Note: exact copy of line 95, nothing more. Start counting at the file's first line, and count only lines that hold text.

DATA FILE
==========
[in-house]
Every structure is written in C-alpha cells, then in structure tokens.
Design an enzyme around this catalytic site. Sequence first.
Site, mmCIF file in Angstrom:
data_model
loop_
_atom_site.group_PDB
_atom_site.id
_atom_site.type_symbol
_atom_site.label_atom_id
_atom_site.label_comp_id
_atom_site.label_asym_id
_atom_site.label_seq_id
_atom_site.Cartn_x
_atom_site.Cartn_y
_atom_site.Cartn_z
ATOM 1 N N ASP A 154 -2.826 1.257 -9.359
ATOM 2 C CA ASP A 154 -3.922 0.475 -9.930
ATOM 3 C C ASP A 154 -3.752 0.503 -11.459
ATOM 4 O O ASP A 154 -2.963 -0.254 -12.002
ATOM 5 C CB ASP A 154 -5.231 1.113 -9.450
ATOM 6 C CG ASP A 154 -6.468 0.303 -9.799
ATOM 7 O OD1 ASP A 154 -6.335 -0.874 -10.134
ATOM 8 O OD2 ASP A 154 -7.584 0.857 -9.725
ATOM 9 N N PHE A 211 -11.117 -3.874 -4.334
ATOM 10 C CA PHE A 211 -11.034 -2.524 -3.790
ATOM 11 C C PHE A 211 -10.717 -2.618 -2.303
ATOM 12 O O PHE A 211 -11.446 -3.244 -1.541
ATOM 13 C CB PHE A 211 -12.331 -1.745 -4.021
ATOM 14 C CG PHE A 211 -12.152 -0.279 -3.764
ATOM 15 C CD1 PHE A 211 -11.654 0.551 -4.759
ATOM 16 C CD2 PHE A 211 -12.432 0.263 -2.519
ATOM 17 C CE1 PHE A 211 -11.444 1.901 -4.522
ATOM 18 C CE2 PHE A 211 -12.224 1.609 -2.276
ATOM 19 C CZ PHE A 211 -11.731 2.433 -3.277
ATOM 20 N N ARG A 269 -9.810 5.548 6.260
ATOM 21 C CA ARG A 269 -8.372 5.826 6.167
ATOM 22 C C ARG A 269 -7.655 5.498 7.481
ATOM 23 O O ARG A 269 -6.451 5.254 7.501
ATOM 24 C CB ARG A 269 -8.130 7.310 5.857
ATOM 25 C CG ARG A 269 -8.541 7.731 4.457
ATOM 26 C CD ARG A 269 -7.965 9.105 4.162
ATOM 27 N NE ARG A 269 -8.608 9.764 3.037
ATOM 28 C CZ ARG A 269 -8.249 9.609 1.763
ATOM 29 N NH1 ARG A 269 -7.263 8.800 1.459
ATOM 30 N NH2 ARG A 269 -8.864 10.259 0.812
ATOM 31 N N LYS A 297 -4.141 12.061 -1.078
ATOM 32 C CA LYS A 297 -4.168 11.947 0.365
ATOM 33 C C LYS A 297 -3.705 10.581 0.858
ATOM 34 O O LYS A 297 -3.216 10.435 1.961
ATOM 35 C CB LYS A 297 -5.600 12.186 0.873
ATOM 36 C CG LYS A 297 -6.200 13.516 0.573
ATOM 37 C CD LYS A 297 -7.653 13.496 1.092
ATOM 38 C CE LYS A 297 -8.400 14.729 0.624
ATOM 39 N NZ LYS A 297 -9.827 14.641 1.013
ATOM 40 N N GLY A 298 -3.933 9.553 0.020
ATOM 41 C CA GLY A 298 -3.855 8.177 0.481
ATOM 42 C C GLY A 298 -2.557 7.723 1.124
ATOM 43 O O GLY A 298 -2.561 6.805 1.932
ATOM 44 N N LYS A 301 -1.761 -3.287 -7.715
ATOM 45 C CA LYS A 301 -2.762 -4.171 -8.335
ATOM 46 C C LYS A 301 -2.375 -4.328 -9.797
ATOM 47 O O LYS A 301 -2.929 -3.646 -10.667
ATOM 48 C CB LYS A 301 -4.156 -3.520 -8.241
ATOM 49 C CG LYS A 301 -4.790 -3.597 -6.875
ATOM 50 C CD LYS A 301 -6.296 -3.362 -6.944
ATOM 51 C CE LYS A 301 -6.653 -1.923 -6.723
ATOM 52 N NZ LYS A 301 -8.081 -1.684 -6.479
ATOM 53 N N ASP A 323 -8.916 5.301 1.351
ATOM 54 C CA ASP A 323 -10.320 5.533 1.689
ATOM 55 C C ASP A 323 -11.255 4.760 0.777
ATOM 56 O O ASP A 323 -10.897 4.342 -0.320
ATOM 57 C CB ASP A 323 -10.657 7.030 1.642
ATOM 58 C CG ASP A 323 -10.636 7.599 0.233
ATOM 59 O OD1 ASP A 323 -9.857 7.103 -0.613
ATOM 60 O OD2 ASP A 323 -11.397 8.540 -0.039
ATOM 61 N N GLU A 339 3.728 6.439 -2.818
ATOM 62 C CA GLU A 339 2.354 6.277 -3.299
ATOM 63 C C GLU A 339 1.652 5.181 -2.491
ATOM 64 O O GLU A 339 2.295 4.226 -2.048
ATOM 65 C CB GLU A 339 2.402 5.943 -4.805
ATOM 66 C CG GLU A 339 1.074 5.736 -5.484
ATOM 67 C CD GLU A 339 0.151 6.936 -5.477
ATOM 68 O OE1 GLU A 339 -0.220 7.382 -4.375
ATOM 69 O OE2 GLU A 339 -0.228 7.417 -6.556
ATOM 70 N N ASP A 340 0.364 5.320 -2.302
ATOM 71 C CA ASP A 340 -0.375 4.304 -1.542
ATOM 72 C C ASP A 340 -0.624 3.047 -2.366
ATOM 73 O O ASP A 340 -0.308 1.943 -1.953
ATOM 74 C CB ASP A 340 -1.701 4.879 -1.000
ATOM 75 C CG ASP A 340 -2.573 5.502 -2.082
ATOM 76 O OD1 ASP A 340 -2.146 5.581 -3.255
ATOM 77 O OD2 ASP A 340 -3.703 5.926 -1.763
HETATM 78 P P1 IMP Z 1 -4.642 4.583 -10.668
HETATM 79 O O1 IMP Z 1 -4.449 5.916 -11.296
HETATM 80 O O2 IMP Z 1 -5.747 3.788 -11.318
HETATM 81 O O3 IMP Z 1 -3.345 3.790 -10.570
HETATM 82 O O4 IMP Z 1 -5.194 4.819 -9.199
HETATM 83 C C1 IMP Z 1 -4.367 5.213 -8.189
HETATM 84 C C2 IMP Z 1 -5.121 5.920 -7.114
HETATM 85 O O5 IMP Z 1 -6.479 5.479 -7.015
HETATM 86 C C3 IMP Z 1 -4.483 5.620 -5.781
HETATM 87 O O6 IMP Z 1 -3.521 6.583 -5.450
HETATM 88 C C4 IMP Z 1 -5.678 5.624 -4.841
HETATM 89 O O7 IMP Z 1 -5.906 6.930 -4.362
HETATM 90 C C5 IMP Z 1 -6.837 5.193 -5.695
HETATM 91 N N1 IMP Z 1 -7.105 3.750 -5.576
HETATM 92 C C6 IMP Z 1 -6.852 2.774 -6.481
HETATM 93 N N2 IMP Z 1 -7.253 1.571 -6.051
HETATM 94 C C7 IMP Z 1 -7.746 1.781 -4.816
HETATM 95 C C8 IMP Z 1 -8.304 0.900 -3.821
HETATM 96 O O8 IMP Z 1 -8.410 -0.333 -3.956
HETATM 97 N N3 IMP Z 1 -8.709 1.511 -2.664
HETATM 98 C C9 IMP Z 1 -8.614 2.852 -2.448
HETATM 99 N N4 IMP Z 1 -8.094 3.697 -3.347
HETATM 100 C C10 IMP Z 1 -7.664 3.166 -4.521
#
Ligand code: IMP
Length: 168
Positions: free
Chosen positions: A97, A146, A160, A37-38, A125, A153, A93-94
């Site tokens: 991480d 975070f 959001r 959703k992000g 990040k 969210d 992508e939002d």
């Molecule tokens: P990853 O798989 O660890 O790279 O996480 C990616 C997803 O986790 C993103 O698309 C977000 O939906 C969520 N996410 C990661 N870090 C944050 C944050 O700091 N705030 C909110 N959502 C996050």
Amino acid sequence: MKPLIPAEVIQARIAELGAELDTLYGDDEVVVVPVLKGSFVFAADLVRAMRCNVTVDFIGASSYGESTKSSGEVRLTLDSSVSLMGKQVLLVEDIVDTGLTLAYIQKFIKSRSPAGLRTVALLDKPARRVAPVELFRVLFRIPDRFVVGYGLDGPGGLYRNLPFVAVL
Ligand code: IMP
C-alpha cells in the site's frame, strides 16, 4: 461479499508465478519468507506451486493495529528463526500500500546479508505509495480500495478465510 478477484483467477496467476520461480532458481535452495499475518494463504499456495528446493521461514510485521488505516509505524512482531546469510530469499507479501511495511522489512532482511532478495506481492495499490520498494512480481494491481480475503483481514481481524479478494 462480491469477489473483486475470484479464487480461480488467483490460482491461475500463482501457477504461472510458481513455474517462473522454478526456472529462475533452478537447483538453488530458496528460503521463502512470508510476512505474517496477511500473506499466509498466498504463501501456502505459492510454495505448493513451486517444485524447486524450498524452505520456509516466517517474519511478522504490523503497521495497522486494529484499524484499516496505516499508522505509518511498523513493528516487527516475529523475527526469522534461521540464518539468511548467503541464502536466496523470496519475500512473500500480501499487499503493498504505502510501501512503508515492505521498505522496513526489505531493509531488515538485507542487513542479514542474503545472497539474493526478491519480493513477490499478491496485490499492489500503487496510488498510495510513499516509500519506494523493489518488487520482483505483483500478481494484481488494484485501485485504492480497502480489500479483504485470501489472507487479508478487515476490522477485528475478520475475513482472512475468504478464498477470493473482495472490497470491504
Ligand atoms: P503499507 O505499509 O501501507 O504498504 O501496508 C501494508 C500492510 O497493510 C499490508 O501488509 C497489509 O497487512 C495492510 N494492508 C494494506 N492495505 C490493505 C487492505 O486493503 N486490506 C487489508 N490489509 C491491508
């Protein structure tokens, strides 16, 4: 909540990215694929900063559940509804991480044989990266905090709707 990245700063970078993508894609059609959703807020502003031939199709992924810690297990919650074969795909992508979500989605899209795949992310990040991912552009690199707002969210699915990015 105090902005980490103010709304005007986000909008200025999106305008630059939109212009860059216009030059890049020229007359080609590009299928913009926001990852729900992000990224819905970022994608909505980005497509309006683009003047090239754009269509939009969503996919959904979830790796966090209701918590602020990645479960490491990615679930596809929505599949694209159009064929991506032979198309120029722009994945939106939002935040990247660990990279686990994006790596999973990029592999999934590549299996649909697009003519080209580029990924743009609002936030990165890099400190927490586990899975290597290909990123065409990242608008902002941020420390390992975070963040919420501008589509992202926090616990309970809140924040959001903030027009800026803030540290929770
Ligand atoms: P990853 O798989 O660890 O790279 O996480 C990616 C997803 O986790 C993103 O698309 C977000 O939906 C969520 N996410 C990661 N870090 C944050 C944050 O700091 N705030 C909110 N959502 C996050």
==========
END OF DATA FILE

HETATM 79 O O1 IMP Z 1 -4.449 5.916 -11.296